Undercurrent Forces Beneath a Long-Standing Migration Corridor:

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Abstract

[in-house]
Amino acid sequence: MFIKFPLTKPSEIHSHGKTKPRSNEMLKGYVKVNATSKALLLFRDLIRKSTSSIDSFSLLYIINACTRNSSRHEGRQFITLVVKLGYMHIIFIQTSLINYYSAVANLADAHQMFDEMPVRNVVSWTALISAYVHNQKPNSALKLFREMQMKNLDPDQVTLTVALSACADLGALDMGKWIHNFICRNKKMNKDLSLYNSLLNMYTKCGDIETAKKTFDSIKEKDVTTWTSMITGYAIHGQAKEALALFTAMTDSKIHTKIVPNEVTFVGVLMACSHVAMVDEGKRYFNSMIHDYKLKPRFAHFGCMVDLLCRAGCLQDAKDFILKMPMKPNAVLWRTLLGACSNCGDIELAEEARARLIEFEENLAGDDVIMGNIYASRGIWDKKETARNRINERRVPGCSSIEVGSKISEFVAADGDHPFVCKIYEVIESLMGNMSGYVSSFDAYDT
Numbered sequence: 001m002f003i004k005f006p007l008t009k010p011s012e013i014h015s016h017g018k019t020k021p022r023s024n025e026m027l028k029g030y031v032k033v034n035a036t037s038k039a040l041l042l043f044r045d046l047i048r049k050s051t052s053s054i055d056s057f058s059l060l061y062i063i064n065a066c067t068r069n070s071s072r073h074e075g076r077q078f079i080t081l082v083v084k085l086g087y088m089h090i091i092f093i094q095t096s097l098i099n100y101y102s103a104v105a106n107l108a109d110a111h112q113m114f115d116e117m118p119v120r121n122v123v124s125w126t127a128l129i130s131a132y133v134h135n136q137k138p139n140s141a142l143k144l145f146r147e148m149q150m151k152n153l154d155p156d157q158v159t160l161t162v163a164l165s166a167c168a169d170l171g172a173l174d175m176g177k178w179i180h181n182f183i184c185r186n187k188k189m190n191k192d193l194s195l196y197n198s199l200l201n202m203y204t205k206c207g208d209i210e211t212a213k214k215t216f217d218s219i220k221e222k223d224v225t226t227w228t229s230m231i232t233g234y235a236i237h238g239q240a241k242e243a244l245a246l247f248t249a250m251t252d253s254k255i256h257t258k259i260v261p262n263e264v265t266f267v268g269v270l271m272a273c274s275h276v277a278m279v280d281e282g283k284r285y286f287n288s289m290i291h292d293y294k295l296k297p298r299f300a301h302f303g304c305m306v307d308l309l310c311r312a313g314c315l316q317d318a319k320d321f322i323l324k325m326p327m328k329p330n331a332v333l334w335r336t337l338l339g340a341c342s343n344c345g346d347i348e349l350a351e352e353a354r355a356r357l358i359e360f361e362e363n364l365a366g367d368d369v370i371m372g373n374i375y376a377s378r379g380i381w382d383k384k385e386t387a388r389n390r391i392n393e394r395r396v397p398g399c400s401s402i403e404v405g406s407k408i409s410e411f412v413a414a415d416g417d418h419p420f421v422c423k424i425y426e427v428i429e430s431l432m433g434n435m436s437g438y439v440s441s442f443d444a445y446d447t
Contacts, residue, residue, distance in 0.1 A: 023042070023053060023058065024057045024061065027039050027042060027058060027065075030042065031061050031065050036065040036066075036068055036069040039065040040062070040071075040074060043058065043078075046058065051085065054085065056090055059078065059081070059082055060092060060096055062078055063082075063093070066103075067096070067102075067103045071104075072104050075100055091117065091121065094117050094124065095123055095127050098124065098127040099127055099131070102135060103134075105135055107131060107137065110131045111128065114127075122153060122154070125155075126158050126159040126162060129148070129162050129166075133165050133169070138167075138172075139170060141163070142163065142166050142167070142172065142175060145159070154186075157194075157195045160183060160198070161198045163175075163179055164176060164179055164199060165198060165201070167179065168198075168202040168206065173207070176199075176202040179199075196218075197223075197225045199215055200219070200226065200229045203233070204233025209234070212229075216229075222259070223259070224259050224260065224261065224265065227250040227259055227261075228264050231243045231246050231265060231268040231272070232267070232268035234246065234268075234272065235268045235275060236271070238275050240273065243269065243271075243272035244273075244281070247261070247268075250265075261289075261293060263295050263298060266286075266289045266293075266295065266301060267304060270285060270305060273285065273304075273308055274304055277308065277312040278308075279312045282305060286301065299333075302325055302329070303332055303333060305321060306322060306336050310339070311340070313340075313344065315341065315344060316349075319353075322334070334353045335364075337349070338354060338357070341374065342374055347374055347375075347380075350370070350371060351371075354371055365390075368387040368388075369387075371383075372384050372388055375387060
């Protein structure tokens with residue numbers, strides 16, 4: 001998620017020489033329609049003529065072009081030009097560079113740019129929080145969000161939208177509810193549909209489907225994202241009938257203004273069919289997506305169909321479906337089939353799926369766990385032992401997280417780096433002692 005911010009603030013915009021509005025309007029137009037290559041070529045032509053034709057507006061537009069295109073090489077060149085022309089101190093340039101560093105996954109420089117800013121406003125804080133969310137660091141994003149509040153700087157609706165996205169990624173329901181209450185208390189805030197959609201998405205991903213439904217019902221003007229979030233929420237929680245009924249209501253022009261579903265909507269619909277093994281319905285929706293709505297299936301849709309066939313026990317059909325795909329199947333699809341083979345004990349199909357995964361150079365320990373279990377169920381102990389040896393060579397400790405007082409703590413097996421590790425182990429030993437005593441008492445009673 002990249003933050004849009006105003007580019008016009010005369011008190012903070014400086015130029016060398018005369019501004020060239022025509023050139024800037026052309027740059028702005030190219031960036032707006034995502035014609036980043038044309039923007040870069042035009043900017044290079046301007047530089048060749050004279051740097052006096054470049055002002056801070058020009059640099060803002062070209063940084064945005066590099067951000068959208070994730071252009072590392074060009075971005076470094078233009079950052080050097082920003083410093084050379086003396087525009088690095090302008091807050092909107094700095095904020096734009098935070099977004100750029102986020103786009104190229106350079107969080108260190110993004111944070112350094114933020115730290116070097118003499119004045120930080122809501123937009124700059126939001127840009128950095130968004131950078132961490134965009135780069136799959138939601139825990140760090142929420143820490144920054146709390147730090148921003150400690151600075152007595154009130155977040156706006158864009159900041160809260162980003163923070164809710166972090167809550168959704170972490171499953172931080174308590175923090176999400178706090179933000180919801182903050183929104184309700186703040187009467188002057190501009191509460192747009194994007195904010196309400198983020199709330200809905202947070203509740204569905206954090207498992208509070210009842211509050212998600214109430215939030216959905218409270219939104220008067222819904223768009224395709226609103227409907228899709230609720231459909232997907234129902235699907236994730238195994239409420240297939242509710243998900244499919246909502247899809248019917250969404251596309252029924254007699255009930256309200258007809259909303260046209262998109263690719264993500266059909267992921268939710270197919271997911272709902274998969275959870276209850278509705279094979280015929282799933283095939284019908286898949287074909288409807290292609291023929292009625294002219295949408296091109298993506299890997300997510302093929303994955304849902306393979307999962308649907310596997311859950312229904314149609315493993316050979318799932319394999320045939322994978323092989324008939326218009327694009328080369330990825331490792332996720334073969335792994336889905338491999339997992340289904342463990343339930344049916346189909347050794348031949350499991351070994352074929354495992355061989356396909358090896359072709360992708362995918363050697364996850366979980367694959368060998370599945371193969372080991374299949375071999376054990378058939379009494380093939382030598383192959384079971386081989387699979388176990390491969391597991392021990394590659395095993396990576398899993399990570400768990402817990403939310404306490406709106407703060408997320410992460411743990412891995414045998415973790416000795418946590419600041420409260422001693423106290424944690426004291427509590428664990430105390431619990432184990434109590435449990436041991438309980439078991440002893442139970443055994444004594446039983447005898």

Workforce drought has become an alarming problem in most developed economies worldwide. Thailand—a regional economic leader in Southeast Asia—is a noteworthy example, facing labor shortages in several key industries. Rising demand for commercial and residential buildings in Thailand has triggered an overwhelming inflow of migrant workers in the construction industry, the majority of whom come from Myanmar. Within the context of a potential decline of Burmese workers due to local economic development in Myanmar and their dwindling interest in the Thai construction industry, this study investigates the migration decisions made by Burmese workers, examining not only why they come to Thailand but also why some industries are more attractive than others. Alderfer’s ERG theory was employed to address these questions and construct a more thorough analysis of migration decisions by inquiring into the interplay between safety, economic, social, and self-fulfillment needs. Data collection and analysis were based on a mixed-methods approach, drawing primarily from qualitative methods. Interviews and observations were the main instruments of data collection through several periods of fieldwork, both at the origin area and at the destination. The findings revealed that following the long course of ongoing migration, a myriad of social and economic conditions within migrant communities, coupled with changes in their perceptions, have encouraged further migration. While economic gains and safety were the earliest drives dominating migration decisions, remaining influential throughout the fieldwork period, other factors, including a sense of belonging, recognition, and personal worth, gradually expanded and reshaped the motivating forces for migration.